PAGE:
A recent shift in federal policy has freed up $83 million in local funding for a state program meant to convert hotels into permanent housing, sweetening the pot for struggling hotel owners to flip their properties at alluring above-market rates.
Last summer, Gov. Gavin Newsom launched Project Homekey, incentivizing hotel owners to sell their properties to local governments that would then convert them into permanent housing shelters at a fraction of the cost of new construction. The project drew dozens of interested sellers in San Francisco and turned the California hotel sale market into a national outlier — the only place where sales increased significantly amid the horrendous pandemic market.
Now extra funds are at the city’s disposal to potentially buy more hotels.
In January, the Biden administration announced it would reimburse city governments through the Federal Emergency Management Agency for 100% of the costs related to shelter-in-place hotels, covering January 2020 through October of this year.
Because San Francisco had been shouldering these costs with the expectation of a 75% FEMA reimbursement under the Trump administration, the policy change freed up $83 million of general fund money that the city could use to acquire more properties.
“One time money has to be spent once,” said Supervisor Aaron Peskin, who represents District 3, where the city’s two current Homekey hotel purchases are located. “There are opportunities to reduce ongoing operational costs, particularly leasing costs and rent, with purchases of real property. I think if everybody comes together, there’s an opportunity to spend our short-term gains on long-term savings.”
But at least 70 tourist hotel owners in San Francisco have signaled their interest in selling their buildings through Project Homekey in response to requests for information the city sent out last summer and again in December.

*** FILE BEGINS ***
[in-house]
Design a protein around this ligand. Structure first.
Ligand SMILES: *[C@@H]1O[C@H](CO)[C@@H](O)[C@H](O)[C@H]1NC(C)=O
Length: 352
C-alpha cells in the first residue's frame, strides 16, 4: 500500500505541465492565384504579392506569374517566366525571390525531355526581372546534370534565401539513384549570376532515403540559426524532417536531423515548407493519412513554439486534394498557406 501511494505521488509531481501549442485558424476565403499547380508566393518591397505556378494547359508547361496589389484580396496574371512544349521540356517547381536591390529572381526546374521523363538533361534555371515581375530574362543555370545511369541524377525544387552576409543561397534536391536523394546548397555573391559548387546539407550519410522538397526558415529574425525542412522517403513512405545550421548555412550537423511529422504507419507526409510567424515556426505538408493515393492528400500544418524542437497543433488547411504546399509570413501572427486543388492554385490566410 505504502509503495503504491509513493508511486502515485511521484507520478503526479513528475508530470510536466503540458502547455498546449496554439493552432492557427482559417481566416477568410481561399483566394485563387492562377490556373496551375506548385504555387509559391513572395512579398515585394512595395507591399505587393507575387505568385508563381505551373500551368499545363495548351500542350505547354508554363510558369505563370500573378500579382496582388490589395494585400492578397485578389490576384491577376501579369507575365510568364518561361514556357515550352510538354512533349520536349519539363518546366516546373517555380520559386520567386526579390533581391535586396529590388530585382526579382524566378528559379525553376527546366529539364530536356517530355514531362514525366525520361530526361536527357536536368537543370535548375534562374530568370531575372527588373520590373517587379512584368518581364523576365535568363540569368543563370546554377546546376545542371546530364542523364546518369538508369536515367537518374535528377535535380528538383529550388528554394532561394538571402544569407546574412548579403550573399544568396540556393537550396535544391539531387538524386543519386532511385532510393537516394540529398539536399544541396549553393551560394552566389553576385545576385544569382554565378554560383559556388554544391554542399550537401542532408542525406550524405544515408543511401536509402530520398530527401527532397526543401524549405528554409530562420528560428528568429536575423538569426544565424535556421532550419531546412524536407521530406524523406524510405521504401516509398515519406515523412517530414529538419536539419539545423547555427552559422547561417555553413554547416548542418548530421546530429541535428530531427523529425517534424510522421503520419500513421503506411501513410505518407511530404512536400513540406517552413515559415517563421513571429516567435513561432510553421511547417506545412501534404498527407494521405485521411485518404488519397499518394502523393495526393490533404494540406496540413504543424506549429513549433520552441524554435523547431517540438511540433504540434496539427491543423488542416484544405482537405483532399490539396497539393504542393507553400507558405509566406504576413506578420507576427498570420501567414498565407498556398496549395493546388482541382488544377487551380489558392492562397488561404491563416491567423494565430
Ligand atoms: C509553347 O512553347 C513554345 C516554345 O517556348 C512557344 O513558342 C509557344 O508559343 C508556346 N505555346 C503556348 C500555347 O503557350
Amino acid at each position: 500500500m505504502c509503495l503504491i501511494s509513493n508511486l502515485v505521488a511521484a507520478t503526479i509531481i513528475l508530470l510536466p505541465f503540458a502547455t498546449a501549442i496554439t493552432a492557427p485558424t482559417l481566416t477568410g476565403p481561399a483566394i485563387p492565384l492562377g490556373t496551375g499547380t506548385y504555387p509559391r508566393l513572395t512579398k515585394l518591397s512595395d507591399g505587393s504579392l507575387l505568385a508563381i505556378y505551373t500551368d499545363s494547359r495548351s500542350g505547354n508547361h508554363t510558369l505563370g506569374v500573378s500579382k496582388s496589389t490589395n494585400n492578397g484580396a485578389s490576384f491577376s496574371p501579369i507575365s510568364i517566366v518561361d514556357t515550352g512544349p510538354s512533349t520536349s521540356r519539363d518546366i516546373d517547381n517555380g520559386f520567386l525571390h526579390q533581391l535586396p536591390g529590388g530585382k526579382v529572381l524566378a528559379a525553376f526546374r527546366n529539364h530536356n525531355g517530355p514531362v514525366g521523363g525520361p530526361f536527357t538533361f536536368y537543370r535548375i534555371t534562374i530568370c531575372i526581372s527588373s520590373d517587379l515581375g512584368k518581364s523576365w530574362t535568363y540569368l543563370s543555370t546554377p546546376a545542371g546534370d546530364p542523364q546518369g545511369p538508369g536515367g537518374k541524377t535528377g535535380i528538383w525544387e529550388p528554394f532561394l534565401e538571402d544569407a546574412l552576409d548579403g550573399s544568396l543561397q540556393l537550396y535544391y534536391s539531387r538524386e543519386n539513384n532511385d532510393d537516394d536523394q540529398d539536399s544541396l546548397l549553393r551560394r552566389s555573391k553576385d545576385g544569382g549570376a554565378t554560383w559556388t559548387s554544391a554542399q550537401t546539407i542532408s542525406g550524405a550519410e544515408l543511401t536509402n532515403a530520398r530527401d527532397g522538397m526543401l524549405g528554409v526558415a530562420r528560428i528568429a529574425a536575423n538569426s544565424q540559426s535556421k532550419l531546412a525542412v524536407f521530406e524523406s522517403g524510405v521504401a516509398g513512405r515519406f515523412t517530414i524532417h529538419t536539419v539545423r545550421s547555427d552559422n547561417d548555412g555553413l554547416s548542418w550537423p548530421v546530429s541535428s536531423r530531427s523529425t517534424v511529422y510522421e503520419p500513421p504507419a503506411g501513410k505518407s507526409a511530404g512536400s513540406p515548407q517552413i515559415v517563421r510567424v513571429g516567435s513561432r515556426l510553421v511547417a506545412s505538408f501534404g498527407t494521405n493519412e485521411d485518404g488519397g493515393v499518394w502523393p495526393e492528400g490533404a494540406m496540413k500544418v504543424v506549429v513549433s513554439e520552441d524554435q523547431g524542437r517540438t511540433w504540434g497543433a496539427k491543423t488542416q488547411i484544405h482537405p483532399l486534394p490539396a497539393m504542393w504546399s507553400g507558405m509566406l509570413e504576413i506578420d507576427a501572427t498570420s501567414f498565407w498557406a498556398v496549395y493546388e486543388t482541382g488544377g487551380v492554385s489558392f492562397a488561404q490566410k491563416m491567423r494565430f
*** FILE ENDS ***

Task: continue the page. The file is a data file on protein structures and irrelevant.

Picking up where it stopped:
Alan Reay, president of Atlas Hospitality Group, surmised that the number of interested sellers could be even higher.
“I think a lot of owners are still willing to sell to Project Homekey as they see the price being paid at the higher end of the range (some would say above market),” Reay said in an email.
A Homekey transaction is also a lot less complicated than the typical hotel sale, which involves transferring a host of connected service and supply agreements.
“Homekey is purchasing the real estate but not the business,” Reay added. “The only thing they’re switching over is the utilities.”
At a rough average cost of about $200,000 per room, the freed FEMA funds would support the purchase of an additional 400 rooms, more than double San Francisco’s Homekey room count to date.
The hotels inclined toward Project Homekey are typically geared toward the budget tourist market, rather than historic hotels in prime locations such as the recent sale of the Sir Francis Drake. At the same time, Hotel Diva’s proximity to Union Square at 440 Geary St. didn’t stop its owner from selling.
Additionally, the median unit price for Homekey deals throughout California was $139,423, 24% higher than the median unit price of total statewide hotel sales.
All told, Project Homekey accounted for $890 million in hotel sales, the vast majority of them closing in the last month of 2020 ahead of a funding deadline. Without the program, the number of statewide hotel sales would have been 26% less and total dollar volume would have declined by 61% on the year, the report said.
Community groups have backed the program and urged city officials to use its freed-up FEMA funding to support affordable housing, in particular by acquiring more hotels. On Wednesday, members of more than 50 homeless advocacy organizations in San Francisco held a press conference calling for city hotel purchases as the quickest and most cost-effective remedy for the region’s housing and homelessness crisis.
The average per unit cost of converting an existing hotel studio to housing, including an ensuite bath and kitchen, is about $300,000, compared with the $600,000 price tag for new construction of the same suite, according to the San Francisco Housing Accelerator Fund, a public-private partnership that facilitates affordable housing purchases.
“It’s one-time money so better to use for one-time uses,” said Jennifer Friedenbach, executive director of the Coalition on Homelessness.
She suggested that shelter-in-place hotel operating expenses, another potential avenue for the freed-up funds, were more suitably covered by programs such as federal choice vouchers, or funding from Proposition C, a 2018 local measure that supports homeless and housing services.
If city officials concur, that could mean more money on the books ready to scoop up hotel properties — and for out-of-luck hotel operators, an above-market ejector seat from this crisis.